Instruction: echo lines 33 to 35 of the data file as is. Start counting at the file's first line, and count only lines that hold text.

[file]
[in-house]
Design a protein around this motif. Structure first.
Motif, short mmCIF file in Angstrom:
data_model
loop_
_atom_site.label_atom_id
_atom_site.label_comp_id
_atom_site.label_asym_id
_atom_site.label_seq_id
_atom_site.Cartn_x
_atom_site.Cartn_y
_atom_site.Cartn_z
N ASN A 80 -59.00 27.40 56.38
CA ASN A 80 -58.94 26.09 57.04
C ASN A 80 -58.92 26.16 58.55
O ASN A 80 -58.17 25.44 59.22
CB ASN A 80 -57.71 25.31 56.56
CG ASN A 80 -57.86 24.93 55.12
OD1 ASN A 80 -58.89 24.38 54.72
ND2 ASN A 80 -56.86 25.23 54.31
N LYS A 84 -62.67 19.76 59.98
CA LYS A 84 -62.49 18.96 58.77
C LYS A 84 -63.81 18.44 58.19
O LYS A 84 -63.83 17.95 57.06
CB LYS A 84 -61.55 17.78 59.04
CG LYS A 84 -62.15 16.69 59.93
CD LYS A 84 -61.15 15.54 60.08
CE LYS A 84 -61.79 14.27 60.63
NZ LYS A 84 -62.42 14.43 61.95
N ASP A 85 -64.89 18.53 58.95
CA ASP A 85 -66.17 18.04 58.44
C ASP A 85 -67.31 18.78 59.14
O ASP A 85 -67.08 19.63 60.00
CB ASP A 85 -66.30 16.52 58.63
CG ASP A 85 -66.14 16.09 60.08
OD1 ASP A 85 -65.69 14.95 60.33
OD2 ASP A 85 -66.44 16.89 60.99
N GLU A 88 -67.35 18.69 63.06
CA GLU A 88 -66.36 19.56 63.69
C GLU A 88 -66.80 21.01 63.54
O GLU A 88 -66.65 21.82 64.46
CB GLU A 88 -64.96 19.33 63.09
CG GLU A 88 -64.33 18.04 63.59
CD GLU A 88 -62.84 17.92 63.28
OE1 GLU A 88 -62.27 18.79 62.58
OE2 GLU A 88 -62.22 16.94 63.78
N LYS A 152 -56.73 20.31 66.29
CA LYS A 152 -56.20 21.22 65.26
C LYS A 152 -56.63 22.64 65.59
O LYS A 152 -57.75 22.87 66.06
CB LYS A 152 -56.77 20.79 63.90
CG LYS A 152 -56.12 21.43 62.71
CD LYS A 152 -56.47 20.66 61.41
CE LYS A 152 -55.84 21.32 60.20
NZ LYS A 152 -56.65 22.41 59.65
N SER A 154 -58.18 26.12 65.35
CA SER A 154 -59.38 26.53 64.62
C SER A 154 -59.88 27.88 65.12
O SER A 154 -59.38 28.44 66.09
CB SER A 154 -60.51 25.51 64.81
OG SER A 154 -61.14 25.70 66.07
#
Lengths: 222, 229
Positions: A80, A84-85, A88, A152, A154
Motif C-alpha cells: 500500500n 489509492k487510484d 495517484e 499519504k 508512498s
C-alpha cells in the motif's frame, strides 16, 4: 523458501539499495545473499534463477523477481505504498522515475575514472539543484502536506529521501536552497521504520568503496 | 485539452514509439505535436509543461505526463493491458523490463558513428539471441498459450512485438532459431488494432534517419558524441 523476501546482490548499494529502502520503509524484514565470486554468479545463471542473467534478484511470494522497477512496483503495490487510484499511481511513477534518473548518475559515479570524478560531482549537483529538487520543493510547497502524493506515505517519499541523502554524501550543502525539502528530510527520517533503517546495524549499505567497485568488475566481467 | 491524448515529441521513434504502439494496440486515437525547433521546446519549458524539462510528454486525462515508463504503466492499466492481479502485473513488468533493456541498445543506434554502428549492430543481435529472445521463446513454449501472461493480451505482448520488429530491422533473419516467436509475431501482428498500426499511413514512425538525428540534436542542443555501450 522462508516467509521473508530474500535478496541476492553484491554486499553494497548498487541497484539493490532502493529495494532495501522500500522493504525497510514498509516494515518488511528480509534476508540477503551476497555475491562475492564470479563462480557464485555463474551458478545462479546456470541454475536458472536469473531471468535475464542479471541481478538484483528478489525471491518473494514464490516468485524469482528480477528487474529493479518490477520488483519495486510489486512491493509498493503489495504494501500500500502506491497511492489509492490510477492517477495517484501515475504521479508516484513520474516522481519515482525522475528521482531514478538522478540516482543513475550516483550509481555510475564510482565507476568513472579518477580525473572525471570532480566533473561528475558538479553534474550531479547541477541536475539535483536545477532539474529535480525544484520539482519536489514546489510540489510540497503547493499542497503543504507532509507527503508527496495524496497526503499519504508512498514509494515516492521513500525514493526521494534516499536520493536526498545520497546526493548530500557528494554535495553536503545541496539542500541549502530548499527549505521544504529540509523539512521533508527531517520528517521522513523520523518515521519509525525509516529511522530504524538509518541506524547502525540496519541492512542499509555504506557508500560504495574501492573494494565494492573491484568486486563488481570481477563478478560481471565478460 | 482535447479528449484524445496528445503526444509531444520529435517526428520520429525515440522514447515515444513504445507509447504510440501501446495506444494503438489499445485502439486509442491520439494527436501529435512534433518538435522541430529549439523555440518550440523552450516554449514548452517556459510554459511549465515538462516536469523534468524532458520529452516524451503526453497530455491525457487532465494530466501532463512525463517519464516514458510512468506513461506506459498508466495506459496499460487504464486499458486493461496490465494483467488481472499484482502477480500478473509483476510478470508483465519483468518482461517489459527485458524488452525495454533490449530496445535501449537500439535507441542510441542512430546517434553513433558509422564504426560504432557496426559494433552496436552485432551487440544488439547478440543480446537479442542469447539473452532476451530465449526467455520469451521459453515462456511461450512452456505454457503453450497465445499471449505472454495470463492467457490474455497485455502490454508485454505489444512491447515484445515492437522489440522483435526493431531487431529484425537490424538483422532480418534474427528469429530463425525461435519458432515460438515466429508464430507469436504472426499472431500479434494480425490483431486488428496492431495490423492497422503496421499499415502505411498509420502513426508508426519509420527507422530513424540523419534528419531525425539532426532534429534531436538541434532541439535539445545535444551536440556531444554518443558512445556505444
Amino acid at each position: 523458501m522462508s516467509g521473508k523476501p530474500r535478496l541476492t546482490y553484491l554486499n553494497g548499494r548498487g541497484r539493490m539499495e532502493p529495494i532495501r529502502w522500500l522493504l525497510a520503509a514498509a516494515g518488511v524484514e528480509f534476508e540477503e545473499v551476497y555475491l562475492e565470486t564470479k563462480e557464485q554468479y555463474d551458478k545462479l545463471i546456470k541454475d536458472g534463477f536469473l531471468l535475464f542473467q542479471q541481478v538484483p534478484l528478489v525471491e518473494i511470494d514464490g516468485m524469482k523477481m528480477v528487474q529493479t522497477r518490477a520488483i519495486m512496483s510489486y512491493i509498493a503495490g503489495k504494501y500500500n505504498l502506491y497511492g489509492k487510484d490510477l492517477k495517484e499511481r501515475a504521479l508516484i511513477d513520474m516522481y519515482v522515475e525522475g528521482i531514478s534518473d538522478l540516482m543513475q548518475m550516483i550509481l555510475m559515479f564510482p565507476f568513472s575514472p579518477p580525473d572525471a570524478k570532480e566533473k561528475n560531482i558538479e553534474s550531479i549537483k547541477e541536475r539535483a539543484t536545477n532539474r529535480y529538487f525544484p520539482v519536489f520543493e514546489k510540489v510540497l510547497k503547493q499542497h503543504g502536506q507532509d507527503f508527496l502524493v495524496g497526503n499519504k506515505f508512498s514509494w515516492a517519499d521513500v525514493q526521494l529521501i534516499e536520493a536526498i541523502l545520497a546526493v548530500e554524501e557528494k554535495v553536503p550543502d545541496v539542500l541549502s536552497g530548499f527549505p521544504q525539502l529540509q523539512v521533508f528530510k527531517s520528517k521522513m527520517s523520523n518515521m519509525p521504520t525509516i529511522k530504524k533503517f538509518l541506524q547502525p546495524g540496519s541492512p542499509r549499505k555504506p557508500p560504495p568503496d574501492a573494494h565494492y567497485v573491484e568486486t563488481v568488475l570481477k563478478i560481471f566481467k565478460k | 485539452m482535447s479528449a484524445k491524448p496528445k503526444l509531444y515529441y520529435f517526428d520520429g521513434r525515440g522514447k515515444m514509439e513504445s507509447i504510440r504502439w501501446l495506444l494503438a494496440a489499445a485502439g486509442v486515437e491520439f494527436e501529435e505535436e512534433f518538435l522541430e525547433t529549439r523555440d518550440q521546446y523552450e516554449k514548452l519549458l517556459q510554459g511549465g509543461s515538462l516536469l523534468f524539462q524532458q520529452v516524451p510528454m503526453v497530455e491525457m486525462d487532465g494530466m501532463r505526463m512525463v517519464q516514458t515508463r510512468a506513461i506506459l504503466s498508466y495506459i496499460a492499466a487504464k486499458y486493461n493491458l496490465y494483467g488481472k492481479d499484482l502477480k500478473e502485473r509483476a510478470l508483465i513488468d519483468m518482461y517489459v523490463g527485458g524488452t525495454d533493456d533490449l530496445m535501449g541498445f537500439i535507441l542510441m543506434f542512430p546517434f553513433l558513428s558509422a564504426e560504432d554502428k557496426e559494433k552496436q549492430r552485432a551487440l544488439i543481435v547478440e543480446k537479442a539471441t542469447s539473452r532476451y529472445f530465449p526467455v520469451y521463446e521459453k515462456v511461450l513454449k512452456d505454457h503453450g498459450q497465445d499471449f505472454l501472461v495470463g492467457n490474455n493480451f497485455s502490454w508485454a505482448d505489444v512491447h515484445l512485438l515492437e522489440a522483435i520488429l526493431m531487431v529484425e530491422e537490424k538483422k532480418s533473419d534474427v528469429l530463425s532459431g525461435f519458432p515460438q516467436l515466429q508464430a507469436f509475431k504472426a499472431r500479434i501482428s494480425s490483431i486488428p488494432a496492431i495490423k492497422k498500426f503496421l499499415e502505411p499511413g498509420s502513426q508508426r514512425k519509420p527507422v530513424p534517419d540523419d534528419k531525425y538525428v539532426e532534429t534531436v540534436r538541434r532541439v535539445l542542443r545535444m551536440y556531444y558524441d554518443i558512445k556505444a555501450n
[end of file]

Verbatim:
O ASP A 85 -67.08 19.63 60.00
CB ASP A 85 -66.30 16.52 58.63
CG ASP A 85 -66.14 16.09 60.08